I feel like my story is very boring. I went to a kid’s club outreach by a local Baptist Church. I grew with them and decided to take my faith seriously when I was a teenager. I left school and spent about 3 years working with a missions organisation overseas and in the UK.
I went to university, began work as a teacher, moved to London, met my husband, had our children and here I am. I am happy, sometimes quite funny (although my teenager might deny this), busy and occasionally creative.
This is what it looks like on paper and to those who know me. I am very content and grateful for everything I have.
While no more or less bereaved than most people my age, this story maps a few deaths that, in their own ways, shaped me.
As a teenager I was bullied – much like many teenagers were. One incident took place on a school bus that went from the town to the villages. A boy on the bus thought it would be funny to stop me getting off the bus in my village and keep me on until the next village. I couldn’t be late home and I decided to fight my way off the bus. With the help of my unkempt fingernails I made it off just in time. The next day, the boy came up to me at school and accused me of scratching him. He told me that if I was ever on the same bus as him again, he would make sure I never got off.
For months, I would hang back and make sure he got on a bus first so I could decide to get on a different bus.
One evening, this boy was trying to get high by inhaling the fumes from an aerosol can. He died. He was fourteen. Our school went into shock. He had been popular. I felt sad because I knew that it was sad My life would go on and his would not. There were 600 kids from my school at his funeral. I was not one of them. At the age of 14 I knew I was not going to pretend to be someone I was not. I learned that I couldn’t claim to be the friend of someone that had caused me anxiety but at the same time I did not need to wish them ill or glory in their death. I struggled with the sense of relief I felt at his absence though and never shared that with anyone.
There was a man I had hoped I would marry. We were together in a long-distance capacity for a couple of years and had decided to finally meet again for a make-or-break trip together. A month before we were to meet up, he took his own life quite violently.
I worked really hard to make Romans 8:28 fit this particular situation but I was fooling myself and everyone else. Accepting this and not trying to find any holy meaning behind it was very liberating. My experience of Christianity so far had everything wrapped up into neat little ‘God’s will’ packages and this did not fit any of them. And I learned that this was okay.
My dad died about 8 years later. It happened fast – he was diagnosed with pancreatic cancer and told he had months to live but he spent those months just dying. He had never fitted into the evangelical mould that I had adopted and watching him die made me rethink what I believed. I knew he had sincerely searched for God, for meaning in life. He hadn’t found it in the ‘evangelical’ way – did this condemn him to hell? I increasingly began to think not. I wrote him a letter to tell him about all the times he had made me happy. We had not been particularly close but he had been a good dad. This was a cathartic activity for me. I never regretted telling him how much I loved him. No one deserves to die without knowing how much they are loved.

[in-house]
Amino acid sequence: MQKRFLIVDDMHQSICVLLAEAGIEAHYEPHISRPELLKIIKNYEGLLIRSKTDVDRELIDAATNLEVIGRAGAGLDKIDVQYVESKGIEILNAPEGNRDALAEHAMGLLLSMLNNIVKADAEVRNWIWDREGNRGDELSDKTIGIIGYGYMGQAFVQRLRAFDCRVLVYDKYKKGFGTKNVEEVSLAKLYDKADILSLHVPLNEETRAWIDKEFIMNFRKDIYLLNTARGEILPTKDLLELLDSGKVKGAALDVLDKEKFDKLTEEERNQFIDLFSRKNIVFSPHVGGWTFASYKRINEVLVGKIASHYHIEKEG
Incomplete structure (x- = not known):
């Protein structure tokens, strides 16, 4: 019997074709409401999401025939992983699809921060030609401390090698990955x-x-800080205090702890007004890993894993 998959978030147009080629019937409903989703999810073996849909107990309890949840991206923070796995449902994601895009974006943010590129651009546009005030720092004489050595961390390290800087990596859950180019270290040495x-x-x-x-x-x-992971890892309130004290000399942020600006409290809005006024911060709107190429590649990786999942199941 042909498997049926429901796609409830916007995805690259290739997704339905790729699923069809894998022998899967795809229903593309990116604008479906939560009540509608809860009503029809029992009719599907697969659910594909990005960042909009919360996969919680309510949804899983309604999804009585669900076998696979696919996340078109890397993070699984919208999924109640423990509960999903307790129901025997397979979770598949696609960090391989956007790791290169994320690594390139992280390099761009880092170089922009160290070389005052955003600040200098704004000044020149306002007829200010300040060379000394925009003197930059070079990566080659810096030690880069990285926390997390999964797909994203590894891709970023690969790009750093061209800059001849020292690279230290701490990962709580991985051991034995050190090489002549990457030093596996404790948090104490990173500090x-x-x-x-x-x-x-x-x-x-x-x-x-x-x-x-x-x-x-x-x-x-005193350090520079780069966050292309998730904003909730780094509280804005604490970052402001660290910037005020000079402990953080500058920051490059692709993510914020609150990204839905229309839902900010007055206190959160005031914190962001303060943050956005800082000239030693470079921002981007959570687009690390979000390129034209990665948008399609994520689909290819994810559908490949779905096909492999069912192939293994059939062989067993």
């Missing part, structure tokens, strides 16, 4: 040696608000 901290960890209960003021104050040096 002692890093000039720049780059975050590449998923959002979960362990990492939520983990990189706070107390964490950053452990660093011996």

Between the births of my two children were the two I never got a chance to meet. They lived briefly inside me and were clothed in hope. This was the death of my hope, the plans I had for my family and the shape I wanted it to take. This was such a private grief as the friends around me grew their families and I wanted to be happy for them. Every morning I go into my little garden where there, among clutter are two pots, each planted with a tree to remember them. The world is cluttered with private grief and unfulfilled hopes. Mine might look like they are brushed neatly under a rug – I want to be mindful that so do those of many others.
My mum died the day before my family and I were due to go to Greenbelt. We still went. It was a surreal experience walking around this festival where everyone was mixing happily – oblivious to the fact my mum had just died. I remember sitting watching the band ‘Why.’ They sang ‘Old Time Religion’ – a song my parents used to sing together. I dropped my phone on the ground just at that moment. It smashed and I started to cry. My husband put his arm around me and said, “It’s ok, you can get the screen fixed.” I was sobbing too much to explain the real reason for my tears. But the powerful surge of memories at that moment was a gift to me. Now, when I see a sad person in a happy place, I tell myself, “Maybe their mum just died.”
As a teacher, I now work in a service that provides education for children in hospital and those ill at home. Most of my students do recover. But I have the privilege of drawing alongside families who fear and face the worst. Every day, especially in these strange times, I am acutely aware of the anxiety the parents of these children must be going through.
At work I get the chance to bring a bit of joy, normality and distraction into the lives of children who otherwise get poked and prodded, who feel pain and fear. I get to tell their parents, “Take a break, have a cuppa, have a moment.” Or I get to just sit and let them sound off at me about everything they are going through.
I love life I love life more for the moments I have shared in death. Knowing that agonising separation cannot be brushed away with a platitude. Grateful for the warmth and support of those who have drawn alongside me and pulled me powerfully through to the next stage. I want to be that for others too.
I love life.
– Ailsa Betts